By the end of the week, the cocker had wormed her way into our hearts and onto our laps, and we had decided if no one claimed her, we would call her Maggie.  Those first few days we agreed we’d try to find a home for the lab.  The longer she was in our possession, however, my husband said, “I hear labs make pretty good pets.”  We named her Mo.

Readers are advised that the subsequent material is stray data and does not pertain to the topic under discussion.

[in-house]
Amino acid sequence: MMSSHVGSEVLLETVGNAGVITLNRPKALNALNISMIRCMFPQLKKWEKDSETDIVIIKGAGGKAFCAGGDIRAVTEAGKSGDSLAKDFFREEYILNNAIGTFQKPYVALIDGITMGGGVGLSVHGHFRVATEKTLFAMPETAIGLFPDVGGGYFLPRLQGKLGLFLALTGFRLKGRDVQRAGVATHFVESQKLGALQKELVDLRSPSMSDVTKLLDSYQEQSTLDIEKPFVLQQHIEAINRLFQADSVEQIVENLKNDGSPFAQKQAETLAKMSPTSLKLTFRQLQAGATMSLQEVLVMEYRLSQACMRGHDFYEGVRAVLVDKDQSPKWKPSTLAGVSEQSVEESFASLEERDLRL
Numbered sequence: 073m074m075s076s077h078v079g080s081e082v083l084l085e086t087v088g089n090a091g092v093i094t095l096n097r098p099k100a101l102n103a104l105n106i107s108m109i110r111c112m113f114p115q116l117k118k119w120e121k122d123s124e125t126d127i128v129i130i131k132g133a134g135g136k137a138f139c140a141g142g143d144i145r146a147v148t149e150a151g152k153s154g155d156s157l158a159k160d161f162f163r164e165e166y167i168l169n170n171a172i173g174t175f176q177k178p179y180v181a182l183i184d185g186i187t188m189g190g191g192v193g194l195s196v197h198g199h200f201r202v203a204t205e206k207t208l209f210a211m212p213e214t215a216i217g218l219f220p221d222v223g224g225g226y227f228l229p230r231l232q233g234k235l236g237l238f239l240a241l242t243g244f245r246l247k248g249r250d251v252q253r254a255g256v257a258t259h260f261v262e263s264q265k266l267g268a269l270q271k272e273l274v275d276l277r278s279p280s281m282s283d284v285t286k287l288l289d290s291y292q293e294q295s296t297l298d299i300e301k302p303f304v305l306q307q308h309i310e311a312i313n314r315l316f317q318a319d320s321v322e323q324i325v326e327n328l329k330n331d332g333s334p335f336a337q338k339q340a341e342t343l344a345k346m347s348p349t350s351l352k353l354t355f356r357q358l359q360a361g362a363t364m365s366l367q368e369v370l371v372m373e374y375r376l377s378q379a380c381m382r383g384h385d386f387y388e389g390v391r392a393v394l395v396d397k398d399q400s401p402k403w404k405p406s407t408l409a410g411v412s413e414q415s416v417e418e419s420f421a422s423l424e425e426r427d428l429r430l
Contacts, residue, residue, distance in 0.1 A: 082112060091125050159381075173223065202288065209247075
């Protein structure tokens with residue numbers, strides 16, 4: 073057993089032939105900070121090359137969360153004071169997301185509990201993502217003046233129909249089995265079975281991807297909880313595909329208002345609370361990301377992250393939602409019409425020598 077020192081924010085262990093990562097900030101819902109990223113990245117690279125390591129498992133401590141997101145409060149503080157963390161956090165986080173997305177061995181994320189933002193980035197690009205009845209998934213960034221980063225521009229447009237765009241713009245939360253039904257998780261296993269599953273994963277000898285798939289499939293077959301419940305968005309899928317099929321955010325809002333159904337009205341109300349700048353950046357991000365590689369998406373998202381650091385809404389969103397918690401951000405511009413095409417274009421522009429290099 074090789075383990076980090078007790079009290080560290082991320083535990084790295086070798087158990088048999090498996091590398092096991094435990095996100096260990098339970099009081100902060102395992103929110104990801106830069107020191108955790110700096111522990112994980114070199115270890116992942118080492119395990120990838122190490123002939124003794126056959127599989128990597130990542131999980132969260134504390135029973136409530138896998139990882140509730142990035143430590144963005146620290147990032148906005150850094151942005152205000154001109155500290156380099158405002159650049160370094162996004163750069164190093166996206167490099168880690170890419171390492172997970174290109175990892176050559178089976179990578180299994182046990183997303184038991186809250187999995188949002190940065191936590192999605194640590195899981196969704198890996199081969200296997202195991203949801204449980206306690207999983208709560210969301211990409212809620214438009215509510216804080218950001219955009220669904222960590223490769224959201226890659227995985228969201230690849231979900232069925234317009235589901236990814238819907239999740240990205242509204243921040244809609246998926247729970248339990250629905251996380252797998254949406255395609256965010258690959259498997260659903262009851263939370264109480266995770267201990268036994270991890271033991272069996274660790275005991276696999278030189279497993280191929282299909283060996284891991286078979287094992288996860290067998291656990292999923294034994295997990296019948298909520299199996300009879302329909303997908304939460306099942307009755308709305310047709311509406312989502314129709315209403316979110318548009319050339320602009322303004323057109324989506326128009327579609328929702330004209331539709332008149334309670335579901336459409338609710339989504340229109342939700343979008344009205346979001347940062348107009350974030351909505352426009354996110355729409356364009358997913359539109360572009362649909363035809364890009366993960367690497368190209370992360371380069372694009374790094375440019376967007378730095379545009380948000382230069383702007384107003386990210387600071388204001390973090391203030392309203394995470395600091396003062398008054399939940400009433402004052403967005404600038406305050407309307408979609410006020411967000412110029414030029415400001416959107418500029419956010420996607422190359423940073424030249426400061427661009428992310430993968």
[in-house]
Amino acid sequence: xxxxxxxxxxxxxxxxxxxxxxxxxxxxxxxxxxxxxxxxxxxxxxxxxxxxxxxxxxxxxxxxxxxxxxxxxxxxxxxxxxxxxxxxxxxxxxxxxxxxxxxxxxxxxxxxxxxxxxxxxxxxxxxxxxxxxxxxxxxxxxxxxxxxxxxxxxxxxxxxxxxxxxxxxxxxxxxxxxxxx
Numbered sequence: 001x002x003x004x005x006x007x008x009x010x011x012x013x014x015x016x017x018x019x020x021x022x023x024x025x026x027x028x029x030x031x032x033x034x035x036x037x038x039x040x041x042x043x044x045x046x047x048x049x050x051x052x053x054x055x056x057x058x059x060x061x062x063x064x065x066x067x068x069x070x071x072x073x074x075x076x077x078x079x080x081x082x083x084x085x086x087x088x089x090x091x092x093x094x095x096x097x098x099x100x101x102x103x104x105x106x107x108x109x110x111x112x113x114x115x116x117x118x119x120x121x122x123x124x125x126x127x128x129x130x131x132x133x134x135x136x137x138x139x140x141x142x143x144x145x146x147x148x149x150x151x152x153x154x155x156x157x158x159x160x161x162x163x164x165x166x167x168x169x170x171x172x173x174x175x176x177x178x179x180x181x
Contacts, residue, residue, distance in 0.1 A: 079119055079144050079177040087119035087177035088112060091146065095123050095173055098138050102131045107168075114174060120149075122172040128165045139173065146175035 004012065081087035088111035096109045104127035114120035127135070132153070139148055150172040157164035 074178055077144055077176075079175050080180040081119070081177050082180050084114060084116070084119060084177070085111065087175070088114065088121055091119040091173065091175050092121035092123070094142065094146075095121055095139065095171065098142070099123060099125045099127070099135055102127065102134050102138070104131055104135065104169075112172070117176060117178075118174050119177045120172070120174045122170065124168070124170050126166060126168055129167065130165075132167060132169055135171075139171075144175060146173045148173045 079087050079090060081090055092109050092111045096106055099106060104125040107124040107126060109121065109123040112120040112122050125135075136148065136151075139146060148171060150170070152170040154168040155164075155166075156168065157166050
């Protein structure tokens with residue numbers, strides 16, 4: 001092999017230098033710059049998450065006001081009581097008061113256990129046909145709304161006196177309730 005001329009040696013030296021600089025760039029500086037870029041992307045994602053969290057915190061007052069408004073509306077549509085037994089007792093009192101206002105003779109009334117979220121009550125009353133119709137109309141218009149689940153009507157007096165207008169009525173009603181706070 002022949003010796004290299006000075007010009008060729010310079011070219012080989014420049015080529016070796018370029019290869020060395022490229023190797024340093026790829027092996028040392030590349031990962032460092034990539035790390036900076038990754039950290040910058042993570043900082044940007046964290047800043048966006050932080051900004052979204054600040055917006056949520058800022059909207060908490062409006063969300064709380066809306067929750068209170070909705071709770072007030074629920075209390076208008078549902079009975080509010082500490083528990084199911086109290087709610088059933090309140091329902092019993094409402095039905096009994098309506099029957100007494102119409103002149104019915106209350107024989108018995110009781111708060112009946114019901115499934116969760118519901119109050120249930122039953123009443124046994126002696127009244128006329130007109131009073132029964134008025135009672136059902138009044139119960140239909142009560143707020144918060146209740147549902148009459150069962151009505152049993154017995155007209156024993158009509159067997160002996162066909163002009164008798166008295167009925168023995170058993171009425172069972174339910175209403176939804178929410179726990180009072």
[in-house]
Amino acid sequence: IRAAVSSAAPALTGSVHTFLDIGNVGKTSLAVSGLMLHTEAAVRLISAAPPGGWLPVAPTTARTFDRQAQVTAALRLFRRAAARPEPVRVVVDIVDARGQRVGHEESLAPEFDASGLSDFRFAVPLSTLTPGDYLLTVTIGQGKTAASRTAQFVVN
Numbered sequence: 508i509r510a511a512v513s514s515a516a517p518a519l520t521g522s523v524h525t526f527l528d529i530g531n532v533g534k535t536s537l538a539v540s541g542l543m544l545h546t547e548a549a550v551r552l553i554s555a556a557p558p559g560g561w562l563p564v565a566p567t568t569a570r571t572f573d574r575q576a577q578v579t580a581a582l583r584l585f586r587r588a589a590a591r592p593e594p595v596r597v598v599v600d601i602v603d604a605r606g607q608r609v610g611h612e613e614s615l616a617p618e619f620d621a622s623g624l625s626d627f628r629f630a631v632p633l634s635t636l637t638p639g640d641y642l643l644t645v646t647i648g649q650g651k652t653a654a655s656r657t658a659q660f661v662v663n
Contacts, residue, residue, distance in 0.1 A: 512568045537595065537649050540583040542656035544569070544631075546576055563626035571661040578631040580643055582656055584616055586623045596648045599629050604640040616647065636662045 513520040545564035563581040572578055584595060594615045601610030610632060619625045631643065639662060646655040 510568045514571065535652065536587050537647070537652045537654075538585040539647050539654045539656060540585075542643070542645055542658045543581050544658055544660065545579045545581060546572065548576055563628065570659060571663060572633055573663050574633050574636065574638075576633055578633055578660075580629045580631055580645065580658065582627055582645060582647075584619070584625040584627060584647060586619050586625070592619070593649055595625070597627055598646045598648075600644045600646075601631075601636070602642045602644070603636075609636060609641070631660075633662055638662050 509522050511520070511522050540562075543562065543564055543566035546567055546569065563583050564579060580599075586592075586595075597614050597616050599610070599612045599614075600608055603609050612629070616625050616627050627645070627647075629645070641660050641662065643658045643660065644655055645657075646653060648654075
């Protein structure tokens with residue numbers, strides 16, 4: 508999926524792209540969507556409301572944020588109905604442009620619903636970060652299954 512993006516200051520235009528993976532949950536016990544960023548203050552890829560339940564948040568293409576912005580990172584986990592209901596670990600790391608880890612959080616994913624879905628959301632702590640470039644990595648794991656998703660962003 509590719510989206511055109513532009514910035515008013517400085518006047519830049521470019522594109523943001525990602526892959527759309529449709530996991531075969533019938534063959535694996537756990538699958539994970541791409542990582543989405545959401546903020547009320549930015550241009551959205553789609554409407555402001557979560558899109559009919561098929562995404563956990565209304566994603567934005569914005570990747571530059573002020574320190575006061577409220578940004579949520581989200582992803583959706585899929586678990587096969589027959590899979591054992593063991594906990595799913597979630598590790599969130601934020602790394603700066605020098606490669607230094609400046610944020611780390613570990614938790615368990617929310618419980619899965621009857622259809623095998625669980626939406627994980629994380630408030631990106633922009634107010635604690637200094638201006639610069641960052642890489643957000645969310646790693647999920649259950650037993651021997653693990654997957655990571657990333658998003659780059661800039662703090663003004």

Having never spent much money on vet expenses, we made these dogs the exception.  Maggie had to be groomed from the cockleburs that dug into her skin the first week. The vet surmised both dogs to be just under a year old.  They were vaccinated and eventually spayed, and the grooming became a quarterly routine.  Mo and Maggie became farm dogs, tag-teaming to catch rabbits and moles and providing us with laughter and the animal companionship we had missed over the past weeks after losing Leon.  They were, officially, our dogs.  Maggie would sit on my lap and nibble at the buttons on my shirt.  And Mo had that doctor trait that some dogs possess, licking profusely, and always having to carry something in her mouth.  She never chewed up anything but had the soft mouth of a hunting dog.  We learned not to take her toys out of her mouth because the licking would commence. Large dogs had always been our choice on the farm, so I was surprised when Maggie became my husband’s lap dog.  She was special.